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with AEG's VP of Social and Marketing on May 28th
Next, AT&T’s new early upgrade program, suffers from the same problem as T-Mobile’s Jump: it’s annoyingly complicated and only a small subset of customers will get any benefit from it.
The program works like this:
- Under Next, AT&T takes the full price of a new device (say, $650 for an iPhone 5), divides it by 20 ($32.50), and adds it to the price of your monthly bill.
- After you’ve paid this fee for a year, Next starts all over again, allowing you to trade in your current device and upgrade to a new one (you can only keep you current device after you pay it off, unsurprisingly).
- Basically, Next has two outcomes: Either pay the full price of the phone and keep it, or wait a year and trade the device in for an upgrade.
- Next, in a nutshell, is replacing the two-year contract with 20-month, interest-free financing.
The problem with Next (and probably even Verizon’s rumored Edge program) is that, unless you’re the most hardcore of early upgraders, these programs aren’t really the best deal. In the case with the iPhone 5, customers will end up spending nearly $400 after 12 months for a phone that will go right back to AT&T. These are rental programs more than payment plans.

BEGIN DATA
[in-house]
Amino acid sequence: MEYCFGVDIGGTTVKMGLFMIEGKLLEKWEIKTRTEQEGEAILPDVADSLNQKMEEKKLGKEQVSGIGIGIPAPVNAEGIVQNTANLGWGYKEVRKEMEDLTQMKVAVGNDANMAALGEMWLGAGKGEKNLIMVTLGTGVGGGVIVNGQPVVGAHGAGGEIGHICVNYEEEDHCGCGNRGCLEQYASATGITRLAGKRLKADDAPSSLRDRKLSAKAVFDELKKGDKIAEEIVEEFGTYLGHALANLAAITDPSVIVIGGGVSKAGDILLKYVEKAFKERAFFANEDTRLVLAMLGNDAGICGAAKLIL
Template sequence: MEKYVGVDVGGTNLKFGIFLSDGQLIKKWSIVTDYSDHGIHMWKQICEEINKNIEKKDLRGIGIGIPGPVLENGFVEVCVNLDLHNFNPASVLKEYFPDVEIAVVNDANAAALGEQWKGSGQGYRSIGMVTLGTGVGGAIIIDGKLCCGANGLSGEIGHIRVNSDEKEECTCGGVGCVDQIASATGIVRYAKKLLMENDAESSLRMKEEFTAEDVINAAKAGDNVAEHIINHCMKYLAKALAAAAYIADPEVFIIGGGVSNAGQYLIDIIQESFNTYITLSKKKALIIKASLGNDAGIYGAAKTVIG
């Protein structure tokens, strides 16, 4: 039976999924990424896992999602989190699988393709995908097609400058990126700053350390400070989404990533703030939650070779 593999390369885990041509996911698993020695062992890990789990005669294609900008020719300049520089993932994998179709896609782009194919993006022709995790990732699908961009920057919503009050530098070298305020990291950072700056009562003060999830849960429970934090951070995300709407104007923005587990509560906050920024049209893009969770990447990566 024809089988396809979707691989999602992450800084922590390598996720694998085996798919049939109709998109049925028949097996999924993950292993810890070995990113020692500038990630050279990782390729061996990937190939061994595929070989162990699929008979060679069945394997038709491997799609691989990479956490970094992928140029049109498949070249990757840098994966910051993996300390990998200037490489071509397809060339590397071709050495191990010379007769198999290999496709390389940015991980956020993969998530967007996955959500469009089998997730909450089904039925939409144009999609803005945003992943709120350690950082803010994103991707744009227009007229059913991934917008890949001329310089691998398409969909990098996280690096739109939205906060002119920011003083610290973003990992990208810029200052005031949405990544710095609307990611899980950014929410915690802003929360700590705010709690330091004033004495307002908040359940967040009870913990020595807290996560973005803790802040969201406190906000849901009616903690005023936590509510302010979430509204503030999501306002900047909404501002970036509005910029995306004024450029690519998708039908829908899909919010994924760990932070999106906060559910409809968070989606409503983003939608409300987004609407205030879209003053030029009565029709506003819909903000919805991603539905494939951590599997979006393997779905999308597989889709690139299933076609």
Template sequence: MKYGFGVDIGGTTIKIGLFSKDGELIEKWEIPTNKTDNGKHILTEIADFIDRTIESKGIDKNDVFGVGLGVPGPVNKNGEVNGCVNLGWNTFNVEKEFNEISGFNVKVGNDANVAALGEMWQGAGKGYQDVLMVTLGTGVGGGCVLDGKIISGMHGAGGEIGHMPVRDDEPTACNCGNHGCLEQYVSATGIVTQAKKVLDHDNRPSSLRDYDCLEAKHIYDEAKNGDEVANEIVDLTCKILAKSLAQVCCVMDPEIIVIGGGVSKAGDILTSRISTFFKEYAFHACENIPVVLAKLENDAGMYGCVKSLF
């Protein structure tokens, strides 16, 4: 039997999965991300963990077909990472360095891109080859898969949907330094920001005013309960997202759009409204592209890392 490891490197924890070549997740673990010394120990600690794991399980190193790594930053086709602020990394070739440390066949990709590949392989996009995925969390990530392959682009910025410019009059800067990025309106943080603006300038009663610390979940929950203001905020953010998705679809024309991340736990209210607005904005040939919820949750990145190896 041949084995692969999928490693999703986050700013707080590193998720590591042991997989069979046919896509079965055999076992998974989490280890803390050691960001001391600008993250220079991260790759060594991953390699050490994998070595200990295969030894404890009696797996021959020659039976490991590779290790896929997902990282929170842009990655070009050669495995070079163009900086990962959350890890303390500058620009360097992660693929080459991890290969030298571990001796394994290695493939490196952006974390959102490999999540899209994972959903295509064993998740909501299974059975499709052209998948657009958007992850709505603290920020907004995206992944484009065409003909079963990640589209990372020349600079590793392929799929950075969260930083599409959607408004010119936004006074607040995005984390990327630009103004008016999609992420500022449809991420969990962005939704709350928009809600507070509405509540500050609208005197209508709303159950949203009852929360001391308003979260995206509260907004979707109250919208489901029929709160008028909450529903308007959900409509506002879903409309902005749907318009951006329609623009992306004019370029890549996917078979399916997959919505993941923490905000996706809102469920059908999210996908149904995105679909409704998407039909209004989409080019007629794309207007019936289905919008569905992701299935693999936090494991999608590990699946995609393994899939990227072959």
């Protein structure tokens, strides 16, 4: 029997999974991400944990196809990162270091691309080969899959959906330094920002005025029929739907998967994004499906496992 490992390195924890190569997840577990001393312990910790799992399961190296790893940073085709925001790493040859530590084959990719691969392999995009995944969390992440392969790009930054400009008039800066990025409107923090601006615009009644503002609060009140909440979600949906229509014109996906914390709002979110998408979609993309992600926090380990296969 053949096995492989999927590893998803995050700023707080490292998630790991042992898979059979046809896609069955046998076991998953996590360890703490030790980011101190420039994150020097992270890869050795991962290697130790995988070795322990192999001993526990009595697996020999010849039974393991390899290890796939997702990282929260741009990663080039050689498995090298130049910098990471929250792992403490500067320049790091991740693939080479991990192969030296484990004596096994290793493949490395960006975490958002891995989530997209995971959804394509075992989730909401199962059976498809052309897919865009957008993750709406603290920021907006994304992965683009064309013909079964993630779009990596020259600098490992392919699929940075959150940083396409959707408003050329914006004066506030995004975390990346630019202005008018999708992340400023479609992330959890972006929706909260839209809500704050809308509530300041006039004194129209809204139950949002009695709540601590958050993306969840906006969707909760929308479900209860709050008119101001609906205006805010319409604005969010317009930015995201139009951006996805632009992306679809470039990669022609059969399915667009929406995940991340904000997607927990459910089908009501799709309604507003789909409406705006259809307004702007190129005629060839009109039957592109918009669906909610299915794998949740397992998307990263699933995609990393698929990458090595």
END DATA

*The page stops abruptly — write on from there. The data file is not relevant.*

With Next, the idea of owning your current device is secondary to being able to have access to all the newest ones as soon as they’re released. If you like keeping your phone around after you get a new one, these programs aren’t for you.
Still, while Next isn’t the best deal for everyone, it’s a good deal for someone — which is exactly the point. AT&T is trying to give its customers another option, which tends to be a good thing.
The bigger problem for most smartphone customers, though, will be fully grasping the numbers and rules of programs like Next. Even though this type of program is supposedly consumer-friendly, carriers are still bogging people down with dubious value propositions and the slippery language of fine print. Some things never change, I guess.